* standing desk: I love mine. 2x6 legs, 2x4 connecters, $50 at Home Depot, and 4 hours of work -- http://www.flickr.com/photos/niels_olson/5097452401/lightbox...
* live close enough to work to walk or ride. Ride to the train or ferry if necessary. (I ride 17 miles, take a train, then another 4 miles)
* Move to Southern California. I'm not kidding.
50 low crunches, 5n pushups, m half-down pullups
50 side crunches, 5(n-1) pushups, m-2 half-down pullups
50 crunches, 5(n-2) pushups, m-4 half-down pullups
50 opposite side crunches, 5(n-3) pushups, m-6 half-down pullups
Vary n and m to ability
* Eat food, not too much, mostly plants.
Michael Pollan, Unhappy Meals (Food, Inc; King Corn, and Omnivore's Dilemma condensed into one essay) --http://www.nytimes.com/2007/01/28/magazine/28nutritionism.t....
Join the Slow Food movement: http://www.slowfood.com/about_us/eng/manifesto.lasso
Four books I'd like to see in every kitchen:
* Deborah Madison, Vegetarian Cooking for Everyone (number one among vegetarians, but also the vegetable cookbook everyone should have) -- http://www.amazon.com/Vegetarian-Cooking-Everyone-Deborah-Ma...
* Mark Bittman, Fish (If you can't cook fish after this, kill yourself) -- http://www.amazon.com/Fish-Complete-Guide-Buying-Cooking/dp/...
* Harold McGee, On Food and Cooking (unrivaled, in depth, the go-to resource for food hackers) -- http://www.amazon.com/Food-Cooking-Science-Lore-Kitchen/dp/0...
* Julia Child, Mastering the Art of French Cooking (the original food hacker) -- http://www.amazon.com/Mastering-Art-French-Cooking-Vol/dp/03...
Vegetarian Cooking for Everyone, AKA the Big Orange Book, is fantastic. The mushroom risotto recipe is to die for.
I bike commute here, but it's maybe probably less practical or convenient than when I was commuting to downtown Pittsburgh or lower Manhattan. My commute would be nontrivial for someone of normal fitness & not much experience on a bicycle: 20 miles round-trip, 2000 feet of climbing, a portion along Interstate 5.
> * Move to Southern California. I'm not kidding.
Seriously, the streets are pretty much deserted in LA--most people are driving and those who aren't, are on a bus. The normal bits of exercise and fresh air that a person might get in an east coast city are not something most people experience in LA. Or in many parts of California. If you're not the sort who makes time for the gym or outdoor activity, you're not going to be in good shape (literally and figuratively).
FWIW, btw, there's this NY Times blog post which suggests New Yorkers are healthier than the norm (though it suggests that the walking may not be so significant...but who knows--all that tramping up and down stairs for the subway, running for the bus and just walking around town might make a difference):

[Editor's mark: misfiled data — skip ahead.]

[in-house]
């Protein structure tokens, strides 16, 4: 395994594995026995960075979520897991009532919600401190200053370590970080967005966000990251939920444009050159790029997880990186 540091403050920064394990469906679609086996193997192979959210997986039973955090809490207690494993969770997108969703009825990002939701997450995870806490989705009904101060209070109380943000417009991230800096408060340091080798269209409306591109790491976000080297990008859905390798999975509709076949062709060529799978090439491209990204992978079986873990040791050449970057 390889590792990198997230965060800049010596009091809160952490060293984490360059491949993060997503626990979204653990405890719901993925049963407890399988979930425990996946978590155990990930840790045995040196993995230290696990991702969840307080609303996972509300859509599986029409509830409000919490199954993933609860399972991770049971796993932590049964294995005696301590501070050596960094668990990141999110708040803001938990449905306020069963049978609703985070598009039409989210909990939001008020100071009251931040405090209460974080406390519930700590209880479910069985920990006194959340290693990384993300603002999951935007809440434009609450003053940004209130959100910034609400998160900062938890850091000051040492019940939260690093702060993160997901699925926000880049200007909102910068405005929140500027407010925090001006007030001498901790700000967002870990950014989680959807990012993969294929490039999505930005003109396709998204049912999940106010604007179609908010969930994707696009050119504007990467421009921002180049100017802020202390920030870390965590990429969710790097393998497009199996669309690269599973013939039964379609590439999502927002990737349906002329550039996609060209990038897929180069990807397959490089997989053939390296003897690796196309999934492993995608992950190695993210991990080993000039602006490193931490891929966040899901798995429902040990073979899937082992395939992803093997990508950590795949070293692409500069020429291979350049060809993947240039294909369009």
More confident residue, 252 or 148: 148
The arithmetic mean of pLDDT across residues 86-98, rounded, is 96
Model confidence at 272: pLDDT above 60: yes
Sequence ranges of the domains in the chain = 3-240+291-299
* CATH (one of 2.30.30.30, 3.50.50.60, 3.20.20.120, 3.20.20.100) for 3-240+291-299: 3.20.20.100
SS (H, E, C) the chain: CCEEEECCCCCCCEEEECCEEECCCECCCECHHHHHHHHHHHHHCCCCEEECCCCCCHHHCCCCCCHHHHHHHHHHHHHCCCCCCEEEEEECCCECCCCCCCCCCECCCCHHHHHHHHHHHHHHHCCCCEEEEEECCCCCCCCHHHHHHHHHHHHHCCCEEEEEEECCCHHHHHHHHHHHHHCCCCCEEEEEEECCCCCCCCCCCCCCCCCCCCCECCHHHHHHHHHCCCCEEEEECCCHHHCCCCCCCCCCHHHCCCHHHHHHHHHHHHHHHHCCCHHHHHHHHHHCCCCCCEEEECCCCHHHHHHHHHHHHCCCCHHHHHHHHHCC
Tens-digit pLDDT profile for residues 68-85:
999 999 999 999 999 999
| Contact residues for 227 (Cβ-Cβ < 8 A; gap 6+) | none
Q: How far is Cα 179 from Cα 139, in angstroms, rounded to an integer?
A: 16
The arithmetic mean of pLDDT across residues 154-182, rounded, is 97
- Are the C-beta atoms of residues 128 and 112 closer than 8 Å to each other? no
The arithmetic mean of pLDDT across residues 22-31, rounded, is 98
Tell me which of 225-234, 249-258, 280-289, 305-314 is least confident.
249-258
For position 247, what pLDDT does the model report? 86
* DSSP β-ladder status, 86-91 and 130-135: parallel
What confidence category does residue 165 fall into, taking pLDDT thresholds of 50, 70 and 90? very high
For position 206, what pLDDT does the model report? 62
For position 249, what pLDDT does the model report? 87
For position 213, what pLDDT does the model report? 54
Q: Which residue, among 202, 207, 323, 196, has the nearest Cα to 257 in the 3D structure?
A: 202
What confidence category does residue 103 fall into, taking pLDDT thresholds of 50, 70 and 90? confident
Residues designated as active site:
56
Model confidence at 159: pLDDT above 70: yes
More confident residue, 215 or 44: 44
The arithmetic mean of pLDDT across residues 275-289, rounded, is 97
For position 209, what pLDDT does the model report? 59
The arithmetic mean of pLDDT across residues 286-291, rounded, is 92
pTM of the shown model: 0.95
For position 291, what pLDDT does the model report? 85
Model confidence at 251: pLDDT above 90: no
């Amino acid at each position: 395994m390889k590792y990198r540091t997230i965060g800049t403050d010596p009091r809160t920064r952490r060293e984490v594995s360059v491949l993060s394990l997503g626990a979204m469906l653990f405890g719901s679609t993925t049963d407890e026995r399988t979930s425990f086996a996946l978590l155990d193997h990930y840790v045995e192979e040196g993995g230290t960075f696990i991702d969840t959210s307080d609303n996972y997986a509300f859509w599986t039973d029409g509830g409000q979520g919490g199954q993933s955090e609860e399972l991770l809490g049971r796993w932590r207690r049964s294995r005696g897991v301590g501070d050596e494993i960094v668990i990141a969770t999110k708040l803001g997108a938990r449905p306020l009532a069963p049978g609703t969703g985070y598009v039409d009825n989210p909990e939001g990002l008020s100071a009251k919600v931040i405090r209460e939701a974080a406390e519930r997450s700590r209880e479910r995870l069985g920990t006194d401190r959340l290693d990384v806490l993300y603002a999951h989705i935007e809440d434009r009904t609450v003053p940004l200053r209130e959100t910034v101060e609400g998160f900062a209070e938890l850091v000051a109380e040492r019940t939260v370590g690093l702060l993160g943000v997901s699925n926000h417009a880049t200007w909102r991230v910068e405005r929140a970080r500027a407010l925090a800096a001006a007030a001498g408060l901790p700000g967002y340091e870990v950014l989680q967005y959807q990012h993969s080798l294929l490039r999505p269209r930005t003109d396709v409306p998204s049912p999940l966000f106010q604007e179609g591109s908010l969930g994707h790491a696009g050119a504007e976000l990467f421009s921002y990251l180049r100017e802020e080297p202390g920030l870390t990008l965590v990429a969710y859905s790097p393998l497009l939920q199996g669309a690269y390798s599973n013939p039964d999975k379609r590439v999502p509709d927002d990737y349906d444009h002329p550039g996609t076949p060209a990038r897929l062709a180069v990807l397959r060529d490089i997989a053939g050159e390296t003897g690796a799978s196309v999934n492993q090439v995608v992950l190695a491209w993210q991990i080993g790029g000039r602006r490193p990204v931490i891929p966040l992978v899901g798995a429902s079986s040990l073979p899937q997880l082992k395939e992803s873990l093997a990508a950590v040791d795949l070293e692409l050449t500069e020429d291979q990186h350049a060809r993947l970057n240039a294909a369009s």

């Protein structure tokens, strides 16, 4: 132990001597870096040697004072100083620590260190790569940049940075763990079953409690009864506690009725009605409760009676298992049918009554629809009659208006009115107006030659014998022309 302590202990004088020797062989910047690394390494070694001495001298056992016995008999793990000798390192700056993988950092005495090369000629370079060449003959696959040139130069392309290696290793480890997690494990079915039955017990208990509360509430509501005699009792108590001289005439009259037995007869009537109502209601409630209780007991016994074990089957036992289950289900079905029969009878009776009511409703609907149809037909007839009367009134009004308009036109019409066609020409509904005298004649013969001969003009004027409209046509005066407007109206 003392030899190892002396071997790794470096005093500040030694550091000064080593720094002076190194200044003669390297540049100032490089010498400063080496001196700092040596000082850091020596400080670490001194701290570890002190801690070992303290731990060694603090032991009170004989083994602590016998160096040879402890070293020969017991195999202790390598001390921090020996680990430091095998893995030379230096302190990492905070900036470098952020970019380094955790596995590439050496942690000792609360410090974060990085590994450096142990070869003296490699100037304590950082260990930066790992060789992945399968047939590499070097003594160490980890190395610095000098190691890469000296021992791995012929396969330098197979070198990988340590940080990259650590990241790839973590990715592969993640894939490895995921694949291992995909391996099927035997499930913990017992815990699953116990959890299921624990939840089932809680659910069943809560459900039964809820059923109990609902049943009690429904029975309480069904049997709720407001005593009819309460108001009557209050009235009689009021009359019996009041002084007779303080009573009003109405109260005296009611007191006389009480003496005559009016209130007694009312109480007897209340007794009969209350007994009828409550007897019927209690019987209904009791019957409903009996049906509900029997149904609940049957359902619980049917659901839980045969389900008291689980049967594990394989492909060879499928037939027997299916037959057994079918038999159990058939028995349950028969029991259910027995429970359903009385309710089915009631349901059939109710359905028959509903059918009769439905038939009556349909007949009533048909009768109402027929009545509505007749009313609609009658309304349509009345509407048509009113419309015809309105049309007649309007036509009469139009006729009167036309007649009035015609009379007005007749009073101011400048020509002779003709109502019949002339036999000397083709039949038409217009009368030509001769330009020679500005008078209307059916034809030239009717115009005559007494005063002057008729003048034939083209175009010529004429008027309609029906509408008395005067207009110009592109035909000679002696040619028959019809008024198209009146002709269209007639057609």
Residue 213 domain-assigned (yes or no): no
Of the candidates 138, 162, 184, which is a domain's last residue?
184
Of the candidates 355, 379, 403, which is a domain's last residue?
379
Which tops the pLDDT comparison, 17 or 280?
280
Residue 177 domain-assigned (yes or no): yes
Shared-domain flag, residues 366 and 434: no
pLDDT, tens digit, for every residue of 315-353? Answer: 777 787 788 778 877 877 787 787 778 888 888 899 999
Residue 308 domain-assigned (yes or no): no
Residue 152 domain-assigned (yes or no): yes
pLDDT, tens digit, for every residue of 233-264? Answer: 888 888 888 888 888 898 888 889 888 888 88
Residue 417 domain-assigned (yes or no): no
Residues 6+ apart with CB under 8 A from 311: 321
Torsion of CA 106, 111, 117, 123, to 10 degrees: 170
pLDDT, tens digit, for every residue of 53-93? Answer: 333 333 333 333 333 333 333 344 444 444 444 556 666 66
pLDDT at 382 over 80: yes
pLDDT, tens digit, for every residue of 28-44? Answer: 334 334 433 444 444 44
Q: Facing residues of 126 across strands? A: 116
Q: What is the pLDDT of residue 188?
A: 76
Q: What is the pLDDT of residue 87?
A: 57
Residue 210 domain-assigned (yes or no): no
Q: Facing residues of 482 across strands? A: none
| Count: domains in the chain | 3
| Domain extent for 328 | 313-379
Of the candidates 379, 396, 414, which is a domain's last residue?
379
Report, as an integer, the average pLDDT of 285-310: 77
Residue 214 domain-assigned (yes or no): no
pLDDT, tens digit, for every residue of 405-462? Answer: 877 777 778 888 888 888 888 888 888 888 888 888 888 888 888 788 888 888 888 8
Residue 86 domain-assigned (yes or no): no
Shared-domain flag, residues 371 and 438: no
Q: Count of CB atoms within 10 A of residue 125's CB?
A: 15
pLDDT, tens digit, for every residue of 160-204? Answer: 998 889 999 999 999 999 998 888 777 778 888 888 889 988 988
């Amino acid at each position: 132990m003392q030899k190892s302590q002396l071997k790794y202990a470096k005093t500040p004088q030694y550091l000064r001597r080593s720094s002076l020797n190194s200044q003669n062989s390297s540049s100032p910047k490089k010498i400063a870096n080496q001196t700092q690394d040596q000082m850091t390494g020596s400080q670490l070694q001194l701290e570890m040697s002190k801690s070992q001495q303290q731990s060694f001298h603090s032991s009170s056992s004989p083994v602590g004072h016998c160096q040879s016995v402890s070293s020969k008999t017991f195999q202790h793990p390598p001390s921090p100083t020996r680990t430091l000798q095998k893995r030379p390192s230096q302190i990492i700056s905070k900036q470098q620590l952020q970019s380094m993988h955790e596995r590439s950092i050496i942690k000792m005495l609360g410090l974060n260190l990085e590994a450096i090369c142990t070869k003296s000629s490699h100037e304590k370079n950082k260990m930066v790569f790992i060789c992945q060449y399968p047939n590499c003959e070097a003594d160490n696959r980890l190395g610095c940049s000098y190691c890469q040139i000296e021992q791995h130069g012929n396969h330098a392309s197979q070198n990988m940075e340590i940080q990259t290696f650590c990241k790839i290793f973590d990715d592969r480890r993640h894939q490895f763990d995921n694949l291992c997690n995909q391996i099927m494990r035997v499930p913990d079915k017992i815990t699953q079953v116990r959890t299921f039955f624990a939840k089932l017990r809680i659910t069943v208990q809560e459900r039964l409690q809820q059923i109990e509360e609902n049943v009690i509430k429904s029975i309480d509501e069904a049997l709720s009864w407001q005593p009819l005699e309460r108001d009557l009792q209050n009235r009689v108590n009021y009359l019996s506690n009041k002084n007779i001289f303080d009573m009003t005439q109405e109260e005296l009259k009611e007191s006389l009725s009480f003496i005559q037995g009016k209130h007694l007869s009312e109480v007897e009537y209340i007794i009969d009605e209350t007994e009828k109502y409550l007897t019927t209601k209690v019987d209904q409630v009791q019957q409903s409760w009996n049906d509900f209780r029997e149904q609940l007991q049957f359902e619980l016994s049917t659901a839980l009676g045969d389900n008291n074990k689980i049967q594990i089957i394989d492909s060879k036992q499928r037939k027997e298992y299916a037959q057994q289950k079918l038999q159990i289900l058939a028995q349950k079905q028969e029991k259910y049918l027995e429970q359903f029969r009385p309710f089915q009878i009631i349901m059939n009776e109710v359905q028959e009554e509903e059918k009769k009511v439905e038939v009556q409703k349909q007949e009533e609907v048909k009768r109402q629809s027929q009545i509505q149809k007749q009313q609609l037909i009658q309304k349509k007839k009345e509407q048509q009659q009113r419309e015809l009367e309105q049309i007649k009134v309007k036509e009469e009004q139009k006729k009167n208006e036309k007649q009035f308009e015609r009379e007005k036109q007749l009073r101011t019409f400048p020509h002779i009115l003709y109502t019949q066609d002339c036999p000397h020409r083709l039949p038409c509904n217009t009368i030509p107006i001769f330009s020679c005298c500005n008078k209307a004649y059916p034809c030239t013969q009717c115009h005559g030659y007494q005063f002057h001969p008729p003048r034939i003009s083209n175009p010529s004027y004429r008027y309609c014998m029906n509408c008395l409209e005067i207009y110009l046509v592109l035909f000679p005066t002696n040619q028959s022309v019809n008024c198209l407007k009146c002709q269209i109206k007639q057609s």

Then, of course, there are the mental/emotional aspects of living in places that are more socially-oriented (e.g. NYC) vs. those that are not (e.g. LA)...
So, all in all, I'm not so sure that Southern California is necessarily such a panacea :-)
"It's the sense of touch. In any real city, you walk, you know? You brush past people, people bump into you. In L.A., nobody touches you. We're always behind this metal and glass. I think we miss that touch so much, that we crash into each other, just so we can feel something."
> linear relationship between bad weather and increasing ADHD diagnoses
That linear relationship could just as easily be due to something like vitamin D deficiency, SAD, environmental factors of growing up in such an environment, etc.
Potential errata: crunches may damage your spine, fish may be full of heavy metals and corexit.
Why would isometrics work better than range-of-movement(using weights and cardio) in this case? When doing static exercises you are simply pushing until you're stopped by your weakest link, while in range-of-movement, momentum from other muscles can help you cheat on the weak areas, so that even though you expose many angles of contraction, not all of them are always fully contracted. Hence you can end up with spots of underdevelopment.
I'm pretty sure static holds also help to counteract the sitting problem, since flexing has a very relaxing effect on stiff muscles - it would follow that flexing them as much as possible is an even better idea!
If someone was unable to get a standing desk, do you think kneeling at a normal desk might be better than sitting all the time?
Maybe you could get a bar, like this one for $229:
Work on it, or use it as a bar when you have company over. Throw some casters on the bottom, and you can easily move it around.
Edit: Like this one http://www.target.com/gp/detail.html/181-7379211-8663135?asi...
However, I found fairly quickly that I needed to get a stool for occasional sitting. If you've been in a desk job for 15 years like me, going to a standing work position is killer. Worse for me was I found that I couldn't think standing up! I had to sit to think. I think it's important as a transition, otherwise you'll most likely go back to a sitting desk after 2 weeks.
A month or so later and I don't use the chair nearly as much, and I'm actually enjoying getting sore feet BEFORE my back hurts.